Screening for Pesticide Exposure: A Case Study

Authors

  • Robi Quackenbush CNM, MSN,

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    • Robi Quackenbush, CNM, MSN, practices at Family Health Care Network, a community health center in Porterville, CA.

  • Barbara Hackley CNM, MS,

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    • Barbara Hackley, CNM, MS, has been in midwifery practice and education for over 20 years. Currently, she is on faculty at Yale University School of Nursing and practices at the Montefiore South Bronx Health Center for Children and Families.

  • Jane Dixon PhD

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    • Jane Dixon, PhD, is a professor in the Doctoral Program at Yale University School of Nursing. Her research interests include environmental health promotion and engagement in environmental health.


1740 W. Lloyd Avenue, Porterville, CA 93257. E-mail: robi_quackenbush@hotmail.com

Abstract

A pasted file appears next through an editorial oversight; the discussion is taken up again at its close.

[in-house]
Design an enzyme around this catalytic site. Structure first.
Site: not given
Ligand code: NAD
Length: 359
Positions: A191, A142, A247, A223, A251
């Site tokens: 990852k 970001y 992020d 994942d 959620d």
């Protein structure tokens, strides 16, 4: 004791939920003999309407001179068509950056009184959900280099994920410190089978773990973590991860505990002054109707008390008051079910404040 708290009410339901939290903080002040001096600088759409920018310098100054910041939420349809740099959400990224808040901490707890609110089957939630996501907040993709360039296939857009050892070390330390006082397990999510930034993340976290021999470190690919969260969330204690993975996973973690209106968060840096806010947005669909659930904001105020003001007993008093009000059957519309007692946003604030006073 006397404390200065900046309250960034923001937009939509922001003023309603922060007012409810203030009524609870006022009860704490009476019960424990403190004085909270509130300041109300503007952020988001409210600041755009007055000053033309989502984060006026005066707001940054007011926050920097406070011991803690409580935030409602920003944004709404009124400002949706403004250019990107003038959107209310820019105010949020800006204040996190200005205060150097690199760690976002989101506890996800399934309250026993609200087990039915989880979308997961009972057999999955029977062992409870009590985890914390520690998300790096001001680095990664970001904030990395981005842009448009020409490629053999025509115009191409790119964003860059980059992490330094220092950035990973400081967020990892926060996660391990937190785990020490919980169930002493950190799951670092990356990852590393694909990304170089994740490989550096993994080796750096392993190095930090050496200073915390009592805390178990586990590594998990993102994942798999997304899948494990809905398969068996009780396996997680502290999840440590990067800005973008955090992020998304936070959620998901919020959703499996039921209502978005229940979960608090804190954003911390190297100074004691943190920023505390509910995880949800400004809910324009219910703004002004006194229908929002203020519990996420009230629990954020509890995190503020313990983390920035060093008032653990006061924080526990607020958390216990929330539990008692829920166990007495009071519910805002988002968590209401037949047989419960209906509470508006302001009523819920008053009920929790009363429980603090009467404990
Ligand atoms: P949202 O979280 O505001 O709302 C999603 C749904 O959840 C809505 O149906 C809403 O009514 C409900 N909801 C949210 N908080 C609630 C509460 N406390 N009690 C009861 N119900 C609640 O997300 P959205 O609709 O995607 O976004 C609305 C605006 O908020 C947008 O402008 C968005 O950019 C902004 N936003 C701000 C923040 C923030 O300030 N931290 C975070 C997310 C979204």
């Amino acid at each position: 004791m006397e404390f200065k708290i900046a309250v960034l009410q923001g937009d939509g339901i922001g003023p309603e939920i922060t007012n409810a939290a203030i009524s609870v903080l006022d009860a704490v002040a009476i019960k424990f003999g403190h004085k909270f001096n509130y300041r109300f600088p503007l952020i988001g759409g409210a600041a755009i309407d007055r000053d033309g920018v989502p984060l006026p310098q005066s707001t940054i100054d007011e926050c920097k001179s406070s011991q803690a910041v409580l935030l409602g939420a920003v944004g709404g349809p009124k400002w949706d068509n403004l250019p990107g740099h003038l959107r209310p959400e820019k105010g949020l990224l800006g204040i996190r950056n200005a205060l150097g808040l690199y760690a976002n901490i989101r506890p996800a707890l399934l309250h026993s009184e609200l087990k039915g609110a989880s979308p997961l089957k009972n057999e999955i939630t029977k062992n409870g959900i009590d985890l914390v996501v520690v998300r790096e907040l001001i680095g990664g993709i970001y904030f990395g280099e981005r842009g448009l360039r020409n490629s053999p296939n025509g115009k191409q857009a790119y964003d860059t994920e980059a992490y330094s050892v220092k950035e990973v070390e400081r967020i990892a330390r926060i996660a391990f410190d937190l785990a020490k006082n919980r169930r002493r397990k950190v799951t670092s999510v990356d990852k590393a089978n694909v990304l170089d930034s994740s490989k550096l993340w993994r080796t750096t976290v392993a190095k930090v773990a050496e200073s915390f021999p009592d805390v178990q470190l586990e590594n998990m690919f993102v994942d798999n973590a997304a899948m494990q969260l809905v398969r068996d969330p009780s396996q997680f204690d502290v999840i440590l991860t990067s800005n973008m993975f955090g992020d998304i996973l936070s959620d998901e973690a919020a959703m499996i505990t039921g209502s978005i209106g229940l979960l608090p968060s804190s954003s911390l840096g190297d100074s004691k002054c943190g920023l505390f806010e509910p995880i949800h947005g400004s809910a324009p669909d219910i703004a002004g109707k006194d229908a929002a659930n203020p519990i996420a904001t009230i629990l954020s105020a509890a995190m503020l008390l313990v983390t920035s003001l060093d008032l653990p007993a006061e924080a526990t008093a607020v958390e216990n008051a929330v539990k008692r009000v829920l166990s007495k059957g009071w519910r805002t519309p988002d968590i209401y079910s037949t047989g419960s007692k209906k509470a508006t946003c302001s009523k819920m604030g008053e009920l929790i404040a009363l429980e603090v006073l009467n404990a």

Pesticide use is ubiquitous in the United States in both agricultural and urban environments. Although pesticide exposure can occur anywhere, migrant and seasonal farmworkers in medically underserved communities are at particular risk. Health care providers often feel ill-equipped to recognize or manage pesticide exposure or pesticide-related illness. In 2002, the National Environmental Education Foundation published a series of reports that describe national goals for improving the recognition, management, and prevention of pesticide-related health conditions. This article illustrates how to diagnose and manage pesticide exposures by analyzing a pesticide exposure case using a framework suggested by the National Environmental Education Foundation. Basic screening techniques and available resources for use in the primary care setting are presented.

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